[oldembed width="420" height="245" src="https://www.msnbc.msn.com/id/32545640" flashvars="launch=44588091&width=420&height=245" fid="2"]
I am writing this at 9:05 PM PDT on September 19th. Five minutes earlier, the Don't Ask, Don't Tell repeal was effective (Midnight EDT), and there can be no more discrimination in our armed forces against people for their sexual orientation.
This is a BFD, and a long, hard slog.
It took nearly a year for the President's plan to jell. And it would be another painful year before the winning votes on Capitol Hill. And after that, another seven months would pass before Jeh Johnson would hand-deliver the signed Gates and Mullen certification to the White House for the President's signature and transmitted to Capitol Hill. All in all, not that long for a successful legislative and military operation, but inordinately protracted for advocates and especially long for gay and lesbian service members being discharged every day under DADT and for those serving in silence.
And make no mistake. The President directed his forces with precision, methodically insisting all options be examined and re-examined. He realized almost from the beginning that success would depend upon the military, that he would need Gates and Mullen and his senior commanders and the troops with him to bring about this change. And he also knew that would take time. He was determined not to be rushed. The last time this was rushed without a plan and military support the results had been disastrous. He would not make that mistake.
Indeed. He didn't make that mistake, and today that horrible, discriminatory, brutal policy is gone. There's still work to be done with DOMA and treatment of transgendered individuals. But today represents real, tangible progress.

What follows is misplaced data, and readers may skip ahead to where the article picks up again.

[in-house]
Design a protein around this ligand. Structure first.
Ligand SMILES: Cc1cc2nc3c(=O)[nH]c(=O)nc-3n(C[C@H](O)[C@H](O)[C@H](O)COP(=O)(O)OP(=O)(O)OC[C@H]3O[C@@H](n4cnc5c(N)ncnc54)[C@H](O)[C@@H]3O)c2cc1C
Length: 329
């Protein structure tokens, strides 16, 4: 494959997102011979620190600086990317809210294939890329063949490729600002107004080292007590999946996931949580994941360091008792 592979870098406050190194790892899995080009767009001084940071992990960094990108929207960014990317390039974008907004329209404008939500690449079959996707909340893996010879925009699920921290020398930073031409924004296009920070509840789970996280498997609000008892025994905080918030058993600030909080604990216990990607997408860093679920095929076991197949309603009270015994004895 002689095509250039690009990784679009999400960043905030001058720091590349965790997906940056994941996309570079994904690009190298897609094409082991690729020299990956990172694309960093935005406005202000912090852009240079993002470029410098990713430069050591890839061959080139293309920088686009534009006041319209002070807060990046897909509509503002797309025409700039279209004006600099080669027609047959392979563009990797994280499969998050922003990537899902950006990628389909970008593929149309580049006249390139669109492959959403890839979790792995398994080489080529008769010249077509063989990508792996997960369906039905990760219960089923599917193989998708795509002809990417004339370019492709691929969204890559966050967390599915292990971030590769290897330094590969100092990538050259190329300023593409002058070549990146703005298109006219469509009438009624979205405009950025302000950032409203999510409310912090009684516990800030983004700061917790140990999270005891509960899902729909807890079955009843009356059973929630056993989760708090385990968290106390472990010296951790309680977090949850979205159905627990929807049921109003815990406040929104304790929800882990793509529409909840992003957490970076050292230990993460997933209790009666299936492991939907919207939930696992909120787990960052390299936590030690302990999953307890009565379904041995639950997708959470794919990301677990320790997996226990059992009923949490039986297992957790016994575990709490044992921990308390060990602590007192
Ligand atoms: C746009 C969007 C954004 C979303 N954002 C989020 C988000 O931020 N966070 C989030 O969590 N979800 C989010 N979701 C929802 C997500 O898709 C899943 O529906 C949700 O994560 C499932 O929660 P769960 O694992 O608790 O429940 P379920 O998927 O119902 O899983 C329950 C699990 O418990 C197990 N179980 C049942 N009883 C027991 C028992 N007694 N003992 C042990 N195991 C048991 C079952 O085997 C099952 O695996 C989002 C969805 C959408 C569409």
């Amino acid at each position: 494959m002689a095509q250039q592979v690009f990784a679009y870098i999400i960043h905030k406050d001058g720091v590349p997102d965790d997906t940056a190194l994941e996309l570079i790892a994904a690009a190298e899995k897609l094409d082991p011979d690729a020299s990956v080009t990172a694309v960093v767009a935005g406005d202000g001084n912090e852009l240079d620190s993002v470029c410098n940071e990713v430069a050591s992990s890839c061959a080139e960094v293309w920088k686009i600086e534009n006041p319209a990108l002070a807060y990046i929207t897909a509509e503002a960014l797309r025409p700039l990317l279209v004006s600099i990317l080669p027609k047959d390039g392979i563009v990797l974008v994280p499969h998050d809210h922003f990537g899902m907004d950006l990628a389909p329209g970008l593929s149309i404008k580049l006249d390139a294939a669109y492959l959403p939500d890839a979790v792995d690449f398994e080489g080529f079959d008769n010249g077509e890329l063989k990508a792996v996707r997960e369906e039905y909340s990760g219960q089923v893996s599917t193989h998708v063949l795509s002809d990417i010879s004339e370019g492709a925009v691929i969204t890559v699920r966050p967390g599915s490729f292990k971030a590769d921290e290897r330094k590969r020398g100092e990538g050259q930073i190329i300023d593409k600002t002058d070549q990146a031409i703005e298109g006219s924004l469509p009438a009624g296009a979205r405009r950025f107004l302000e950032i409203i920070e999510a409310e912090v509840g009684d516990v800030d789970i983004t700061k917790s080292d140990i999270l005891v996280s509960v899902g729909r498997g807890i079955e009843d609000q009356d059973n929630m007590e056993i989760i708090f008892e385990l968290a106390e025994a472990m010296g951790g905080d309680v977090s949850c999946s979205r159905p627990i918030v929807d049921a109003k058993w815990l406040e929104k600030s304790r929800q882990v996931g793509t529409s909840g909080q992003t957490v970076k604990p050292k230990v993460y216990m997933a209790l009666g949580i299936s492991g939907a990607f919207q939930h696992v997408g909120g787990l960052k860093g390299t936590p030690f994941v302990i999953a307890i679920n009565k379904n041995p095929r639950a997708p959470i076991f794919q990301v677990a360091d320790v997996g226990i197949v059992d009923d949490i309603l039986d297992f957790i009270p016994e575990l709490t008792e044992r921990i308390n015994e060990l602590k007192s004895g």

There are still issues concerning benefits that have nothing to do with the legacy of DADT and everything to do with DOMA, the so-called Defense of Marriage Act. For instance, because of DOMA, the surviving same-sex spouse of a service member is out of luck in receiving the same considerations a surviving straight spouse. You better believe there are plans in the works to right this wrong.
Greg Sargent nailed the larger significance of the demise of DADT in a post earlier this afternoon. “It was an extremely hard-fought win — a massive victory for common sense and decency over bigotry and legalized discrimination,” he wrote. “At a difficult moment, it stands as a sorely needed reminder that progress remains possible. Let’s not forget it.”
To those who served in silence: Thank you for your service, your sacrifice, and your patience. Welcome to the light.